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Ireland cancels all St. Patrick's Day parades due to coronavirus

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All St. Patrick's Day parades across the Republic of Ireland have been canceled due to coronavirus. Prime Minister Leo Varadkar announced the cancellations Monday, along with a €430 million ($492 million) aid package for the health service to deal with the virus, BBC News reports.

St. Patrick's Day is celebrated globally on March 17 every year. Last year, more than 400 landmarks in more than 50 countries turned green for the patron saint of Ireland. 

The largest St. Patrick's Day parade in the Republic of Ireland is held in Dublin, the capital, where about 500,000 people attended last year's celebration, according to BBC News.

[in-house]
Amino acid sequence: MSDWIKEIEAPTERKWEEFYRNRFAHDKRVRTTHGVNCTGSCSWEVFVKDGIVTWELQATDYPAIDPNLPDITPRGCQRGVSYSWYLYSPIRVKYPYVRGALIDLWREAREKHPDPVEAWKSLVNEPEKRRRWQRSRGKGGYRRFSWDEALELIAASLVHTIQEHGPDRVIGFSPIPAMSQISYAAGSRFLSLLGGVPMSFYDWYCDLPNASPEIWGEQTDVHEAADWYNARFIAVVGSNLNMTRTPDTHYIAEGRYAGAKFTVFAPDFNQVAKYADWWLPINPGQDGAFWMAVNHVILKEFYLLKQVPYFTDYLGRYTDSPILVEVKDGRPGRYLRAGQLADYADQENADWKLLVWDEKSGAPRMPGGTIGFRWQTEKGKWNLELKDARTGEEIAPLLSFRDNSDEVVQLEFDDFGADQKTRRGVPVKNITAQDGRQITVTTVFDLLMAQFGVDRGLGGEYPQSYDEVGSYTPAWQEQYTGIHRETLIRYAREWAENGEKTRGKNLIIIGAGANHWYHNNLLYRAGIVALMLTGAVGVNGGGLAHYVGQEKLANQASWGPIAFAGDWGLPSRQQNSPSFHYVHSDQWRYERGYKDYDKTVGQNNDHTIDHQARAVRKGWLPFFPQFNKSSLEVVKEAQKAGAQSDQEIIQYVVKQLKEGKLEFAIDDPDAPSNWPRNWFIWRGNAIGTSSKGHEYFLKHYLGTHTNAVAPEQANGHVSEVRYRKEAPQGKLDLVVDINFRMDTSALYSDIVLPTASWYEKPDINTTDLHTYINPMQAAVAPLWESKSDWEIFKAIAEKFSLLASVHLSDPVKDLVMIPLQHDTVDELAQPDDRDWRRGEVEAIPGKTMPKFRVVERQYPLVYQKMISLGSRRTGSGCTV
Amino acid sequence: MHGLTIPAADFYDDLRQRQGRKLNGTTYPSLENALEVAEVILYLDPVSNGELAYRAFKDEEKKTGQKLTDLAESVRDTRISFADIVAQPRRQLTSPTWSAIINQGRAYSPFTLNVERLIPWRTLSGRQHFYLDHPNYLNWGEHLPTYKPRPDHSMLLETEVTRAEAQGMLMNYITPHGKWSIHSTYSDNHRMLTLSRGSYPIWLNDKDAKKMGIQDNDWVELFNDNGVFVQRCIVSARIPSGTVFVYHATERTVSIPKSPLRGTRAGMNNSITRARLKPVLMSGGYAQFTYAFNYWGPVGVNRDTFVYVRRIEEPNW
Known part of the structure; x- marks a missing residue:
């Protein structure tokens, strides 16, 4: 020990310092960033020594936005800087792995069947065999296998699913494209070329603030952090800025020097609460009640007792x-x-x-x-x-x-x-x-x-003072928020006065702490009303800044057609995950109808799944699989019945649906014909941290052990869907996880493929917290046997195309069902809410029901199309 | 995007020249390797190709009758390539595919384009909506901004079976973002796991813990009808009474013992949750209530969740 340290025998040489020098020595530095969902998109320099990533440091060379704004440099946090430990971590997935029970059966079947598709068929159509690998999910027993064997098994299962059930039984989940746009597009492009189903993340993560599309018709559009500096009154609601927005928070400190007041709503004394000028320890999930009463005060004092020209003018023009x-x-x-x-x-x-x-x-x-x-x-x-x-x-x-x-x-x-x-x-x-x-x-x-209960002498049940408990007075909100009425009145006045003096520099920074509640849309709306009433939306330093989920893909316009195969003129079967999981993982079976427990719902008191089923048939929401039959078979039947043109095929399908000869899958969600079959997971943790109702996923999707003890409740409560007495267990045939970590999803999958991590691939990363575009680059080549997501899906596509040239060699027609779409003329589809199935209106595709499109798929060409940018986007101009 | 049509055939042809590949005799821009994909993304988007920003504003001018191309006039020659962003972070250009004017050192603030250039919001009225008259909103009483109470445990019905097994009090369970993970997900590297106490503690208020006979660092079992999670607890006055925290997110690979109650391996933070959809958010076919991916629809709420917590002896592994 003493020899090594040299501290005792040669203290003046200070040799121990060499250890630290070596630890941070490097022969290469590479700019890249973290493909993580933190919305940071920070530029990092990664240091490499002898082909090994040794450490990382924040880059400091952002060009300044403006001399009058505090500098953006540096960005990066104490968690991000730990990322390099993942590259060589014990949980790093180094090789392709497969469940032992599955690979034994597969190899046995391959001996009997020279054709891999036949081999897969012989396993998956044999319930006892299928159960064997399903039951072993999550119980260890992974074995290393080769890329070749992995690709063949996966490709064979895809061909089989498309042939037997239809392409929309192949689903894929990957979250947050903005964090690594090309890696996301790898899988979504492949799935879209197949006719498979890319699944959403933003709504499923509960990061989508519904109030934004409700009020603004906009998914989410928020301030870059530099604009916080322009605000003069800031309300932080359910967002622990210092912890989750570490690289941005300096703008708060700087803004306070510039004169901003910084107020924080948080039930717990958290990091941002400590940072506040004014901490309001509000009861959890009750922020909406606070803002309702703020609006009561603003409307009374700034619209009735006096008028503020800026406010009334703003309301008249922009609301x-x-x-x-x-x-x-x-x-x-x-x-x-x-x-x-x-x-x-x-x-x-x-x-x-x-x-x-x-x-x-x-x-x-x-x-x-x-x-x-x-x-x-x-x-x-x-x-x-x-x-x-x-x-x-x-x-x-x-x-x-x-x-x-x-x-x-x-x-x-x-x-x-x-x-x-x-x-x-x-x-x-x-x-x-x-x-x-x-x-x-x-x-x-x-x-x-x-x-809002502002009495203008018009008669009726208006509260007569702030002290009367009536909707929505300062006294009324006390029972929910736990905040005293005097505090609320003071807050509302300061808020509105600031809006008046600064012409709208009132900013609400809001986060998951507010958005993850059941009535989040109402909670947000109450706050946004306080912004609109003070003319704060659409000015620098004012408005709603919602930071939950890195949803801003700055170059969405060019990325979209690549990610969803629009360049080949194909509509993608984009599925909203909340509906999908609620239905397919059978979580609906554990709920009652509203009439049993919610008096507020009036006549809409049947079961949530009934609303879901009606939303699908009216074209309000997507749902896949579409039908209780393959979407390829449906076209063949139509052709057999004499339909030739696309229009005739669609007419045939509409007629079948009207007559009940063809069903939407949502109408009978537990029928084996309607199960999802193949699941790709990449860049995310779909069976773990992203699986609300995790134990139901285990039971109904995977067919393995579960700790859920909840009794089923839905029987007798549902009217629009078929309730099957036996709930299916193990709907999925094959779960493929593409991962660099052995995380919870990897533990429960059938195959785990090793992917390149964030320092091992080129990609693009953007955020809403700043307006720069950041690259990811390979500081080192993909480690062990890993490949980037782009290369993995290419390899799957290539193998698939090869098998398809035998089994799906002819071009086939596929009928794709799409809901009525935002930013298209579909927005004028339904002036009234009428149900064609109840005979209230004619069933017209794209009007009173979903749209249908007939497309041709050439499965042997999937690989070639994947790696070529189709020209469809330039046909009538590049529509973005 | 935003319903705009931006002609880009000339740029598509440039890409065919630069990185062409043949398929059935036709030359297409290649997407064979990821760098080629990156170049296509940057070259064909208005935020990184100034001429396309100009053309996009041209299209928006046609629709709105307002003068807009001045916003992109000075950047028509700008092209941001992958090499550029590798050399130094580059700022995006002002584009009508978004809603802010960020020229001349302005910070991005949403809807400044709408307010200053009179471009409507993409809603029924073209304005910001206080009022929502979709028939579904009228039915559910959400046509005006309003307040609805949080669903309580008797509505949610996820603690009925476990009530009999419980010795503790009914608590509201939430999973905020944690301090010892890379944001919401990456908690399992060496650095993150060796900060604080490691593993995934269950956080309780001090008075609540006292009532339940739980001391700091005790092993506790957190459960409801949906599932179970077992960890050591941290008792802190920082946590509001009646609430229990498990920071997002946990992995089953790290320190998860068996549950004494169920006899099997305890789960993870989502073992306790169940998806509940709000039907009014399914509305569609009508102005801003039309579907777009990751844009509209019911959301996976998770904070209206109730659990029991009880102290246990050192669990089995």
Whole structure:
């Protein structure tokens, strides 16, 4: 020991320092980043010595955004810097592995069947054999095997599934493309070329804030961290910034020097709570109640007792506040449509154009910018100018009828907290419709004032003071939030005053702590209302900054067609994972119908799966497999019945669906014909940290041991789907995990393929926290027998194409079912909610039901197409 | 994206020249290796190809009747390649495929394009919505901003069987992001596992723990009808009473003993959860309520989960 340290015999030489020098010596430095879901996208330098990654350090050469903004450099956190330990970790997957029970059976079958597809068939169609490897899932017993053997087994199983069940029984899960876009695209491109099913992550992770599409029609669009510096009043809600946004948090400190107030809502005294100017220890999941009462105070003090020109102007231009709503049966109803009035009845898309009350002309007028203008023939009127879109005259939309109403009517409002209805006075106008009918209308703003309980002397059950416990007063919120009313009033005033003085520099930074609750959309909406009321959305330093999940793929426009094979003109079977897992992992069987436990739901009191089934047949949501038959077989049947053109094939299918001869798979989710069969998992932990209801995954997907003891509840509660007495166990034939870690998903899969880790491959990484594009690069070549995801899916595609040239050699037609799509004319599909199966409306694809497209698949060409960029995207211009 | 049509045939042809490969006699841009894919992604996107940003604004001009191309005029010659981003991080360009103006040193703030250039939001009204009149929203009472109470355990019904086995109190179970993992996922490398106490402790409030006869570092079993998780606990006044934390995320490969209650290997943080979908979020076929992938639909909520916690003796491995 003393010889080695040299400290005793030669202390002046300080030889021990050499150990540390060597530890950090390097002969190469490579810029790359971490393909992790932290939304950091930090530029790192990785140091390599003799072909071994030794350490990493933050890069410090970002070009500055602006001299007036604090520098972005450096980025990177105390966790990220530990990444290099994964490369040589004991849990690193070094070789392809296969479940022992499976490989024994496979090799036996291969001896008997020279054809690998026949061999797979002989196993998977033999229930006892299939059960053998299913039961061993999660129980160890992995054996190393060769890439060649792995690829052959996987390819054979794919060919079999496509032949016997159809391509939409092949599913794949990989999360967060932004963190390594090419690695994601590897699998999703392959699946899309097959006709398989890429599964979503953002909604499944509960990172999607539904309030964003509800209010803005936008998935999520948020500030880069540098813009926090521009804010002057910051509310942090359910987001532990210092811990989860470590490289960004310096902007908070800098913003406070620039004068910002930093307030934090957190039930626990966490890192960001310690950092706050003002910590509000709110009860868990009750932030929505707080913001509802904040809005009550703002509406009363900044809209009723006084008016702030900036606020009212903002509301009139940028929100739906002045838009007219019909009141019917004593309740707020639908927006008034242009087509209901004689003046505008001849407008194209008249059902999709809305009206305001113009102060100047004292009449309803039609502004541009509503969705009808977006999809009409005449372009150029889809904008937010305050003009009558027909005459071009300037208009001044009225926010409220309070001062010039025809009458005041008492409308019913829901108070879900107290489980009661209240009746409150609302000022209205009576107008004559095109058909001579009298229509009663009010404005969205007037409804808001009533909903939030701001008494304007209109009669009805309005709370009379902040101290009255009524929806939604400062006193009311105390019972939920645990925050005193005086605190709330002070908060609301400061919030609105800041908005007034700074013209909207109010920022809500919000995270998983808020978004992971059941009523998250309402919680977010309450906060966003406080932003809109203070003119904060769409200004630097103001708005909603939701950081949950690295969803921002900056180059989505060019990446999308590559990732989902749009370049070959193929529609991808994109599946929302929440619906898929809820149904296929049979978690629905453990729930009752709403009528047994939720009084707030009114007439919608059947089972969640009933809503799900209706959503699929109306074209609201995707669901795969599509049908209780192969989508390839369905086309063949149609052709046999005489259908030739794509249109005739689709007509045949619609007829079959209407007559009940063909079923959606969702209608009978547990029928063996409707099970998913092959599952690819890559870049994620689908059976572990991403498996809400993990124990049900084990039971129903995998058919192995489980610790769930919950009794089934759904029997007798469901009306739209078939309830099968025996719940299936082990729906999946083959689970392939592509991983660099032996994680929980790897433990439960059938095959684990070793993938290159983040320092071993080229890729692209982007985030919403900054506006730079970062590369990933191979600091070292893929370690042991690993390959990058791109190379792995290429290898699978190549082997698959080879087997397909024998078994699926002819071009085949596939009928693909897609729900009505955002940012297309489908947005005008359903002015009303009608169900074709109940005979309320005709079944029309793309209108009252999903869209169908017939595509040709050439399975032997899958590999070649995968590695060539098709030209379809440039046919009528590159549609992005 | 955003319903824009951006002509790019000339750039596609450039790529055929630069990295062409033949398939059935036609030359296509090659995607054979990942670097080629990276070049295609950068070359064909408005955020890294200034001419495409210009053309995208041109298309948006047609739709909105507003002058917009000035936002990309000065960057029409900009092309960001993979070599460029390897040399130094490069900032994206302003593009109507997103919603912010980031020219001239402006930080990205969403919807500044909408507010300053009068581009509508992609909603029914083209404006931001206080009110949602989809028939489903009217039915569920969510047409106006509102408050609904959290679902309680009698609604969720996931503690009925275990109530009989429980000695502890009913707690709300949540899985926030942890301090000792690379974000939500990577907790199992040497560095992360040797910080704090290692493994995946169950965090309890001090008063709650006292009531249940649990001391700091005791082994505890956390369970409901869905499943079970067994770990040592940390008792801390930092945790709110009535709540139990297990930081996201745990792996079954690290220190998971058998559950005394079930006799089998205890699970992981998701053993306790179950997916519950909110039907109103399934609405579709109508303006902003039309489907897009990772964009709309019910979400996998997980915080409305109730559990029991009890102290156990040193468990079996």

Celebrating the "people's parade" in Ireland
Thousands lined the streets in Dublin to celebrate St. Patrick's Day in 2013. CBS News

The Belfast City Council in Northern Ireland has also canceled plans for that city's parade, as a precaution. Some parades in Northern Ireland are still scheduled, but are under review, according to BBC News.

Three new cases of coronavirus were confirmed in the Republic of Ireland on Monday, bringing the total to 24 cases, BBC News reported. All three new cases are women who had close contact with other people already diagnosed with coronavirus. One of the women is a health care worker.

Varadkar said the Republic of Ireland would try to stay in the "containment phase" for as long as possible.

A new package of reforms for sick pay, illness benefit and supplementary benefits have been approved by government officials to ensure employees and the self-employed can self-isolate and stay home from work if needed.

As of Monday, coronavirus is blamed for at least 24 deaths in the U.S. — a fraction of the more than 3,800 deaths worldwide, according to figures compiled by Johns Hopkins University

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